Managing Director & Senior Partner
This article is an excerpt from Building Endurance, the 2016 Value Creators Report.
Digital technology is revolutionizing the way engineering, construction, and services (ECS) companies operate, presenting tremendous opportunities for value creation. For example, BCG estimates that digital technology will eventually lead to annual cost savings of $700 billion to $1.2 trillion for the ECS industry. The biggest savings will probably be in institutional building, transportation, energy, and communications.
Recognizing the opportunity, leading ECS companies have increased their adoption of digital technologies. At the core of these technologies is building information modeling (BIM): a digital representation of a project’s physical, functional, and planning characteristics, applied to boost efficiency and effectiveness. (See Digital in Engineering and Construction: The Transformative Power of Building Information Modeling, BCG Focus, March 2016.) Some countries, such as the UK, are mandating the use of BIM for government-funded projects, thereby speeding adoption of the technology.
Examples of applications for digital technology in ECS include:
Companies are using such applications to boost productivity, manage complexity, reduce project delays and cost overruns, and enhance safety and quality. In addition to pursuing these objectives, ECS companies are expected to increase their technology spending in order to capture the benefits of cloud computing and big data and analytics. As a result, IT spending in the ECS industry is expected to grow from roughly $110 billion in 2015 (1.2% of revenues) to $500 billion in 2025 (3.3% of revenues). This represents a CAGR of 16%.
To support strategic decision making related to ECS technology investments, BCG has created the ECS Technology Index. This index, the first of its kind, is a portfolio of 17 publicly listed technology and IT companies that participate primarily or significantly in the ECS space. These ECS tech companies include providers of software, drones, robotics, cybersecurity services, and project management services. To continue to derive up-to-date insights from the index, we will refresh and expand it as ECS technologies evolve and new ones emerge.
We compared the performance of the ECS Technology Index with that of our ECS Value Creators sample and of various US indexes. The ECS Technology Index trades at a higher multiple (a median of 16.7 times EBITDA in the past three years) than the ECS Value Creators (a median of 10.4 times EBITDA in the past three years). Moreover, ECS tech companies have a higher multiple than that of the balanced portfolio of the S&P 500 information technology index. (See the exhibit.) This pattern has been consistent since 2011, as the trading multiples of ECS tech companies have increased in line with improvements in the stock market’s performance. In another sign of the positive outlook for their performance, ECS tech companies delivered a weighted-average TSR of 12% from 2011 through 2015, compared with 2% for the ECS companies in our sample. In other words, the market sees a bright future for ECS tech companies.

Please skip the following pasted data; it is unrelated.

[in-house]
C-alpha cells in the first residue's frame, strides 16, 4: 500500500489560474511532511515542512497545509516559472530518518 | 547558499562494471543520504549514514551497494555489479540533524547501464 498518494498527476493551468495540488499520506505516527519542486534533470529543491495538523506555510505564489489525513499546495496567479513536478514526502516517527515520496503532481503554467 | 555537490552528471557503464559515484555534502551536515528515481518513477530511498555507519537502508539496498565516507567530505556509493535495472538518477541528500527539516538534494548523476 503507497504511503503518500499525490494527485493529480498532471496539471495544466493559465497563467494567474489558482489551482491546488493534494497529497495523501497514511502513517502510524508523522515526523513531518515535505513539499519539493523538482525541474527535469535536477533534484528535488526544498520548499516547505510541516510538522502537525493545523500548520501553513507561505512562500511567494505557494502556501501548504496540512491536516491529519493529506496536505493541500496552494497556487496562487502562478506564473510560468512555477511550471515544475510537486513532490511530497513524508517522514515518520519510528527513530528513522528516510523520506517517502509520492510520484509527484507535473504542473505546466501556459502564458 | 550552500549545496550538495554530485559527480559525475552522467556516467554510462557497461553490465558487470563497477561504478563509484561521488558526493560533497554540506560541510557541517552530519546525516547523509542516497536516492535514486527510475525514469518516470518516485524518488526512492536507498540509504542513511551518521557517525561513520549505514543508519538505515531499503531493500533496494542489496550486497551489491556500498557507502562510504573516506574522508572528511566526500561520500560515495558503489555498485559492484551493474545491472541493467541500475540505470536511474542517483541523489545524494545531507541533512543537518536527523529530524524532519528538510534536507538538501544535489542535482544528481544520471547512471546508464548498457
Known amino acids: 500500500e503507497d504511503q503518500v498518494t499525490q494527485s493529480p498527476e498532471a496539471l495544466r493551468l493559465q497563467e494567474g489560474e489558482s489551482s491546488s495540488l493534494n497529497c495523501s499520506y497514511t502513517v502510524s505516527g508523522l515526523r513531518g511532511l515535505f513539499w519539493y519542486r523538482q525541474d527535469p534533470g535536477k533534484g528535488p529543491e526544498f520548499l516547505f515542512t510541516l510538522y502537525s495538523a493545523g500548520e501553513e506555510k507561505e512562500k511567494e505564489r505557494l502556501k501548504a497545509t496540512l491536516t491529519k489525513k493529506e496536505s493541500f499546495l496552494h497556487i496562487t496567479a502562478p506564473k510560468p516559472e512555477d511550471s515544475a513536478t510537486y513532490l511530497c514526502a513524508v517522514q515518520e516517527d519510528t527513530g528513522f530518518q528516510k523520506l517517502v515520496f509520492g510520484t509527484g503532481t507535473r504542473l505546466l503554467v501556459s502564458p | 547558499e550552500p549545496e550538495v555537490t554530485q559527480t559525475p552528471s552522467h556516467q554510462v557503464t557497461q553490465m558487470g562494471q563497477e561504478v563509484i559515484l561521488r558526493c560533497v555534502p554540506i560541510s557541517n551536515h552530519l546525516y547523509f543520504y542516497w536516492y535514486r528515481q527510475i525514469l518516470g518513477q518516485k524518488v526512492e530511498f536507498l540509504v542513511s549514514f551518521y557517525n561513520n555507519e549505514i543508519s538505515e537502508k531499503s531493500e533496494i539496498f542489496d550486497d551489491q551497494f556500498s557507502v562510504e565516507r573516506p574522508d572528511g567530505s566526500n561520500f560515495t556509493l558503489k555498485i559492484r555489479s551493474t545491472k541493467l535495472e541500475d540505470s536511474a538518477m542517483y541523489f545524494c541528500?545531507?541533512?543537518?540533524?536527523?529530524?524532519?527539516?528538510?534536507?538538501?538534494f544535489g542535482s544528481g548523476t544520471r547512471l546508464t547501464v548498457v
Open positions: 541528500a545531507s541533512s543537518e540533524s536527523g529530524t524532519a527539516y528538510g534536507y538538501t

ECS tech companies are growing rapidly as the industry’s adoption of technology accelerates. (See the sidebar.) Like traditional ECS companies, the tech-focused companies can capture the benefits of globalization by, for instance, participating in infrastructure projects around the world and exploiting scale. However, because their businesses entail selling software and devices, they are not burdened by the challenges that ECS incumbents must address, such as managing large projects, forging a large number of local connections to enter new markets, or coping with many competitors. But tech companies face the complexity of having to sell on a project-by-project basis with buy-in from multiple stakeholders. As the ECS industry adopts more-advanced versions of BIM, mobile applications, and digital collaboration tools, ECS tech companies can use their advantages to capture more of the value in the industry. Companies with a robust, high-performing technology division may wish to consider spinning it off to achieve the full valuation of their investment.
To better understand what generates high performance among the companies in our ECS tech sample, we categorized them on the basis of their degree of focus on the ECS industry. Two tech companies exemplify those with a medium to high degree of focus:
ECS companies need to consider the value of digital technologies from the perspective of both project delivery and corporate portfolio strategy. Portfolio strategy comes into play if an ECS company has developed proprietary technology that would be valuable to other companies. In such a case, the company needs to compare the potential for value creation of two scenarios:
To choose the right approach, ECS companies must weigh both sides. Spinning off the technology may give it the entrepreneurial freedom it needs in order to develop and allow the company to take advantage of ECS tech companies’ high multiples. Keeping the technology in-house may let it benefit from substantial internal synergies, and a company may be able to make a market for it and support it with resources that would not be available on the open market. The best approach will depend on the firm and the technology.